“Thanks, for the trouble you took from her eyes, I thought it was there for good, so I never tried.”
My daughter and I always squabble about which music to play during the drive to school. I made her suffer Jeff Buckley’s Hallelujah this morning, tired of repeats of the Hill Top Hoods’ Nosebleed Section. Waving me goodbye, I watched her move off, thinking of friends, swaying from side to side as she walked. I studied her, as I often do. How she looks at me. How she negotiates a sharp curve. Her clinging to me at the shopping centre. Two years ago, we discovered that she is losing her eyesight. She can no longer read, resorting to audio texts to get her through class lessons. To put herself to sleep at night. Like me. But her peripheral vision is still strong enough for her to navigate the familiar grounds of school.
My daughter turned twelve this week, and her enjoyment of the attention lavished upon her has been unexpected. My sisters and brother started their families at the same time, six years after my son was born. My children’s seven cousins are aged from 9 months to 3 years. For the last year or so, whenever our families gathered together, my daughter would disappear into another room or space, lost and confused, unable to speak and interact. At her birthday picnic on Sunday, one of those perfect Brisbane August days, her laughter tinkled out over the river. She lay on her stomach in the grass, eyes closed, enjoying the sun on her hair. She horsed around as her cousins climbed on her back, doing their best to squash her, toppling off.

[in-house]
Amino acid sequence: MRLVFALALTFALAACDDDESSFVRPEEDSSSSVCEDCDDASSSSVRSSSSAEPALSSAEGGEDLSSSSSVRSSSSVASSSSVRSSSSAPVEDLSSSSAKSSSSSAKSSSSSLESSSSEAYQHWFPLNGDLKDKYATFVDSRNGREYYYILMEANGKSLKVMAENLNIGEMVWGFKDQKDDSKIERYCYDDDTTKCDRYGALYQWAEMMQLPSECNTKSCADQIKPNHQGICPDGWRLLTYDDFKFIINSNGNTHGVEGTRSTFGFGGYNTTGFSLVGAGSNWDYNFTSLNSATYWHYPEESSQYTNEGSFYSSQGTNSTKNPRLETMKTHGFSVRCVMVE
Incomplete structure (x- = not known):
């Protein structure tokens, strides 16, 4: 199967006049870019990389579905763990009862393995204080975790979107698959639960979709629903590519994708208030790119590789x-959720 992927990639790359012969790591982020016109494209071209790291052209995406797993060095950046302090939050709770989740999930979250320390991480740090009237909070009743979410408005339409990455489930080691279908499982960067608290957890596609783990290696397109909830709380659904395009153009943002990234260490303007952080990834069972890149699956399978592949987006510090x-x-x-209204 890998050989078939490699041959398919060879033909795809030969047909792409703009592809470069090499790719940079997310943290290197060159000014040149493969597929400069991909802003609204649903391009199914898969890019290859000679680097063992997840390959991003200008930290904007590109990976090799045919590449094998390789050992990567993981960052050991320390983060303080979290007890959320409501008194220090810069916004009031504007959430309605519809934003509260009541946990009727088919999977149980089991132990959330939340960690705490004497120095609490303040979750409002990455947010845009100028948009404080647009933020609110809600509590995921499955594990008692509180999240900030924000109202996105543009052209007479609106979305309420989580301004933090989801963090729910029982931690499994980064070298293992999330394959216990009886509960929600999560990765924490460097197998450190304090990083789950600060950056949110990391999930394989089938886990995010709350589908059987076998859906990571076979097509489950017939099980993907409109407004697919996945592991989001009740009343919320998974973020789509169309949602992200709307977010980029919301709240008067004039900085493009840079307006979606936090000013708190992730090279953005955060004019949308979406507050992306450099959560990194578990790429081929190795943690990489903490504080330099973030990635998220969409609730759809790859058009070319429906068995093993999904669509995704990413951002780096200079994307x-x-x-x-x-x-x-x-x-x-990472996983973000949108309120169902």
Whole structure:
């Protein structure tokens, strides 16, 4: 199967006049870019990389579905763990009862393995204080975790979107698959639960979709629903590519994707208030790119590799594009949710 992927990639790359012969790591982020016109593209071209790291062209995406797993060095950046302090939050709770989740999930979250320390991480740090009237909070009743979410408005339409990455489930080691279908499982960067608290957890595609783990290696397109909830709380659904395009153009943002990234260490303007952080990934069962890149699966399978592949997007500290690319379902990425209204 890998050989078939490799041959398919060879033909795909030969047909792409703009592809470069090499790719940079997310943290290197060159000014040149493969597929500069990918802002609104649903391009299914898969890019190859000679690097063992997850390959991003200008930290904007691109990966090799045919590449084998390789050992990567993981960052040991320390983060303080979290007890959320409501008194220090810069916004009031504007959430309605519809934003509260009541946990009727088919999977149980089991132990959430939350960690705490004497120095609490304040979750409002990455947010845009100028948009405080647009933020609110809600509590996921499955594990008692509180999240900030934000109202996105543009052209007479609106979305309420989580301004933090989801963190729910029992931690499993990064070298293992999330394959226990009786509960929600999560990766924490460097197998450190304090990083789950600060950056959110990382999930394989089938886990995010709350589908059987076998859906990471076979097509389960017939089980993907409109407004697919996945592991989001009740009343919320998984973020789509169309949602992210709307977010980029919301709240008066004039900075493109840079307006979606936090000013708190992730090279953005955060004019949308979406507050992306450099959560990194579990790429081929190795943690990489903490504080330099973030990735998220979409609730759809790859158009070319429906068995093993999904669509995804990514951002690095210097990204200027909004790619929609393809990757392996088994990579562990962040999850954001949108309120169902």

Driving home this morning, inspired by Buckley, I played Famous Blue Raincoat, realising that, after the two most difficult years of my life, my emotions have settled enough for me to contemplate the future. I have spent so many moments at the steering wheel crying. Eagle-eyeing my daughter through the day, trying to comfort her late at night, swallowed by the immensity of her loss. I could only take it in in pieces. It’s the reflection, the acceptance and regret in Cohen’s song that gets me.
And what can I tell you my brother, my killer
What can I possibly say?
I guess that I miss you, I guess I forgive you
I’m glad you stood in my way
Cohen’s song made me order a novel from overseas, several years ago, by Samantha Harvey. Dear Thief. It was, by far, the best book of that reading year. A story of betrayal inspired by Famous Blue Raincoat.
“I suppose the world is constantly producing things of wonderment, every moment, at every scale, and one time in every million or so our minds will be such that we are open to seeing it. To see the silver effervescing of the dust was as beautiful a sight as any mountain or waterfall; but then, when I saw it, I was in love and as happy as a human being can be. Or course this helped. The world is heavily changed by the way we perceive it; in all my reticence and doubt, this is one thing even I haven’t been able to dispute.”
Samantha Harvey, Dear Thief
Each morning, directed by my psychologist, I am supposed to record my mood, to help gauge if I have to intervene with a bath, meditation, a call to a friend, a walk by the river, it’s a brace to hold me back from falling. My relationship broke down too. It was a long one, and, although I was proud that I could keep going, underneath I was deeply shocked. All I had known and thought secured, had suffered a terrible shift. My son’s home from school today, sick with a hacking cough and high temperature. He needs me. And that’s okay. I can be there for him. I haven’t been anywhere for so long that the return is extraordinary.